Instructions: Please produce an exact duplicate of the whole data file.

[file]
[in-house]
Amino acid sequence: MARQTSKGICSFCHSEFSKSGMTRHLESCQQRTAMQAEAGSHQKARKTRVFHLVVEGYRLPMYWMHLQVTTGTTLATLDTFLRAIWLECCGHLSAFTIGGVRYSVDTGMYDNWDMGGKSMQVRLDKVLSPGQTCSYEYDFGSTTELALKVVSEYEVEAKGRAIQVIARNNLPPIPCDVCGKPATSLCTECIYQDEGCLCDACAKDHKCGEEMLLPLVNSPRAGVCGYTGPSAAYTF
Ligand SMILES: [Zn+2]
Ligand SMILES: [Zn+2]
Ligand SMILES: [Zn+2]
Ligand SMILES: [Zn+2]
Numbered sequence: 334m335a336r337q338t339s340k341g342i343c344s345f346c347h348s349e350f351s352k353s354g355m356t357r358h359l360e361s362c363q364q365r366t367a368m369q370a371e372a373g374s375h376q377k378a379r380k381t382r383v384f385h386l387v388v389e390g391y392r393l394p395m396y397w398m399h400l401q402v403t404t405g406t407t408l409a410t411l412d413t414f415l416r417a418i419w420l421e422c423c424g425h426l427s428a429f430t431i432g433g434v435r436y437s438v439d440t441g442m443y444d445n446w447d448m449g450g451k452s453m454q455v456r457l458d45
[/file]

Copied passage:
[in-house]
Amino acid sequence: MARQTSKGICSFCHSEFSKSGMTRHLESCQQRTAMQAEAGSHQKARKTRVFHLVVEGYRLPMYWMHLQVTTGTTLATLDTFLRAIWLECCGHLSAFTIGGVRYSVDTGMYDNWDMGGKSMQVRLDKVLSPGQTCSYEYDFGSTTELALKVVSEYEVEAKGRAIQVIARNNLPPIPCDVCGKPATSLCTECIYQDEGCLCDACAKDHKCGEEMLLPLVNSPRAGVCGYTGPSAAYTF
Ligand SMILES: [Zn+2]
Ligand SMILES: [Zn+2]
Ligand SMILES: [Zn+2]
Ligand SMILES: [Zn+2]
Numbered sequence: 334m335a336r337q338t339s340k341g342i343c344s345f346c347h348s349e350f351s352k353s354g355m356t357r358h359l360e361s362c363q364q365r366t367a368m369q370a371e372a373g374s375h376q377k378a379r380k381t382r383v384f385h386l387v388v389e390g391y392r393l394p395m396y397w398m399h400l401q402v403t404t405g406t407t408l409a410t411l412d413t414f415l416r417a418i419w420l421e422c423c424g425h426l427s428a429f430t431i432g433g434v435r436y437s438v439d440t441g442m443y444d445n446w447d448m449g450g451k452s453m454q455v456r457l458d45